Tuesday, May 6, 2014

Simulating template specialization with value-level polymorphism

When I showed my last post about translating a generic algorithm from C++ to Java to my friend who's an expert in C++, his main question was, what about template specialization? The simplest example of specialization is std::advance, which advances an iterator by n steps. It works in O(n) time for iterators that only support "it++", and in O(1) time for iterators that support "it+=n".

In value-level programming, that can be simulated by having a method in the ForwardIteratorOperations interface that returns Maybe<RandomAccessIteratorOperations>. For iterators that don't support fast random access, that method would return Maybe.Nothing, and for those that do, it would return a Maybe.Something containing a valid RandomAccessIteratorOperations. Since Java doesn't have sum types like Maybe, we can simulate it with a nullable return value instead. I've written a translation of std::advance into Java using that approach, you can find the code at the end of this post.

The problem is that the above approach doesn't scale to all uses of template specialization in C++, because if there are multiple interrelated concepts that you can specialize on, the number of possible conversions grows quadratically or worse. Another complication is that some concepts can have several type parameters, like multi-parameter type classes in Haskell. I'm still trying to figure out if that's an important use case.

In fact, I'm still trying to figure out if template specialization is worth the trouble at all. The C++ STL seems to have few uses of specialization. The examples I've found are std::advance, std::distance, vector<bool> which is known to be broken, and some specializations on trivially destructible types like pointers that allow you to skip calling destructors. The Boost libraries use specialization more, but it's often to compensate for the drawbacks of C++, like the lack of lambdas or garbage collection. I haven't found a really convincing use case for specialization yet, but I'll change my view if I find one.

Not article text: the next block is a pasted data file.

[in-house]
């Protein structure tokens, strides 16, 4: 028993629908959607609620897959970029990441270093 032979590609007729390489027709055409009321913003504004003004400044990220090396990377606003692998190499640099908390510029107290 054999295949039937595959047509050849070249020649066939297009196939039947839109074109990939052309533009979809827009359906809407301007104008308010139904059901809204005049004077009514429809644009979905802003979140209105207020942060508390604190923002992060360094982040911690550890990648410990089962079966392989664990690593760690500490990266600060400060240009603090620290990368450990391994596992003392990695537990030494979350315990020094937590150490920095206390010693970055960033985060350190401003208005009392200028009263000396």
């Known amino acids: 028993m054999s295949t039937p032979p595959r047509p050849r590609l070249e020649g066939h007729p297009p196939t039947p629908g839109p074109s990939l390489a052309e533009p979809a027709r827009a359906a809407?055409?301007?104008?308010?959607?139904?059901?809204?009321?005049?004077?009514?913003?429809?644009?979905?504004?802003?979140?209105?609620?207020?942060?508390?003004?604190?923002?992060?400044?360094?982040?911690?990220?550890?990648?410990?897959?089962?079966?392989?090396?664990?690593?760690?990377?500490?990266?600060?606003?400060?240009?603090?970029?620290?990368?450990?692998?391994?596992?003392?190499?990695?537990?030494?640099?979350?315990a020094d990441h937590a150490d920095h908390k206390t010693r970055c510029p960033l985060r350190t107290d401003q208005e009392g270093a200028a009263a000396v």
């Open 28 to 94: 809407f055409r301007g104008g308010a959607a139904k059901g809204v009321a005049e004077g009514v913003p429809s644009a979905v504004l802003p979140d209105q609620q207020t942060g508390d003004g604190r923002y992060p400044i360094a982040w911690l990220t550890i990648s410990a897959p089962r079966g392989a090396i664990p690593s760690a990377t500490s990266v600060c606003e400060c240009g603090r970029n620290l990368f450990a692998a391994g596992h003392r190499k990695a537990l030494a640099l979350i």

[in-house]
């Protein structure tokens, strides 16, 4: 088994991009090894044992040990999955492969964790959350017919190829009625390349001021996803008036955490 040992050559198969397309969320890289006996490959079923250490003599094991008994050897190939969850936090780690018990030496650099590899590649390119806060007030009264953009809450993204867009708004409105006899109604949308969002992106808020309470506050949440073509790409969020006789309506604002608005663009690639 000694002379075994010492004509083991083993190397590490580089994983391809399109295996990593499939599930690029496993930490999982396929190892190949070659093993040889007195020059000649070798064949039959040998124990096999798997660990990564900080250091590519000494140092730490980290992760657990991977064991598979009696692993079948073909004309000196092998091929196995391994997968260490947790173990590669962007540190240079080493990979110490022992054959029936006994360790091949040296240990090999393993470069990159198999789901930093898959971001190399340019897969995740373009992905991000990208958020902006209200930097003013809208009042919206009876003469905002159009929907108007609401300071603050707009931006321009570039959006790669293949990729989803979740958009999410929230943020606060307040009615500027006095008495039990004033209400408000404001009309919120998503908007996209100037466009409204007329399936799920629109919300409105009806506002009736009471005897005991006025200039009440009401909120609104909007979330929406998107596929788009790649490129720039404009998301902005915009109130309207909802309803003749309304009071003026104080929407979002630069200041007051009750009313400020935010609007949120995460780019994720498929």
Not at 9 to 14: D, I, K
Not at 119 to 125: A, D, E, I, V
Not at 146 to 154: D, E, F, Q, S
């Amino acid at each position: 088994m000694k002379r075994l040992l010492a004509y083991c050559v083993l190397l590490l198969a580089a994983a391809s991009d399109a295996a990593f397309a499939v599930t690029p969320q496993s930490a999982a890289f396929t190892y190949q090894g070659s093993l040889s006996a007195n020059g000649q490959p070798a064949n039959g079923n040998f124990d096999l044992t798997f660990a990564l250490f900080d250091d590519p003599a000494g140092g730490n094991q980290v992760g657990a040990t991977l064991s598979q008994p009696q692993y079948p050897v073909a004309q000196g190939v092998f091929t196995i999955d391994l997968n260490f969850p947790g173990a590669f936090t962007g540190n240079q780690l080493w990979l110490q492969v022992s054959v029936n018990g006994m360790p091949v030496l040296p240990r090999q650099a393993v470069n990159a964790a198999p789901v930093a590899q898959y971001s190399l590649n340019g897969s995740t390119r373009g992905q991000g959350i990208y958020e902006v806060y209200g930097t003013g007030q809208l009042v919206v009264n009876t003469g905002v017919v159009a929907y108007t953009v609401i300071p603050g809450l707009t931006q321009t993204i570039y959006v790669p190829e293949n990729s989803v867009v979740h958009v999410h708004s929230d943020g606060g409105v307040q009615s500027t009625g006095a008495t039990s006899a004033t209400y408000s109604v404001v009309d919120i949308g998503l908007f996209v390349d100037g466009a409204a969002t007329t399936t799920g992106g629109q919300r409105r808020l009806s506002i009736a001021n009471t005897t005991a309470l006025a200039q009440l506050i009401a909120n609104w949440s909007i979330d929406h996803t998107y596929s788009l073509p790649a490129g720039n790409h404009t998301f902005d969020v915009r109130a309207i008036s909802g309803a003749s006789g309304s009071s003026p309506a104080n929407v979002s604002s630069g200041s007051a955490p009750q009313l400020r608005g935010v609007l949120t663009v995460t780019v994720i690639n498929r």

Why am I so against specialization? Well, part of the reason is that I'm trying to explore "value-level programming", which means having no type-directed overloading or dispatch anywhere. But the bigger problem is that specialization in C++ seems to be incompatible with modularity and separate compilation, and would stay incompatible even if templates supported separate compilation. If you specialize someone else's templates, and their headers don't include yours, then everything will compile without errors, but the runtime behavior is undefined. That violates the principle that "well-typed programs don't have type errors", which feels very important to me. With the approach I outlined above, such errors are provably impossible, but at the cost of spelling out many things explicitly.

APPENDIX: the translation of std::advance into Java.

public class Main {

    static interface Forward<Iterator> {
        Iterator increment(Iterator iterator);
        boolean equal(Iterator first, Iterator second);
        /* Nullable */ RandomAccess<Iterator> getFastRandomAccess();
    }
   
    static interface RandomAccess<Iterator> {
        Iterator add(Iterator iterator, Integer delta);
        Integer subtract(Iterator first, Iterator second);
    }

    static interface Input<Iterator, Value> {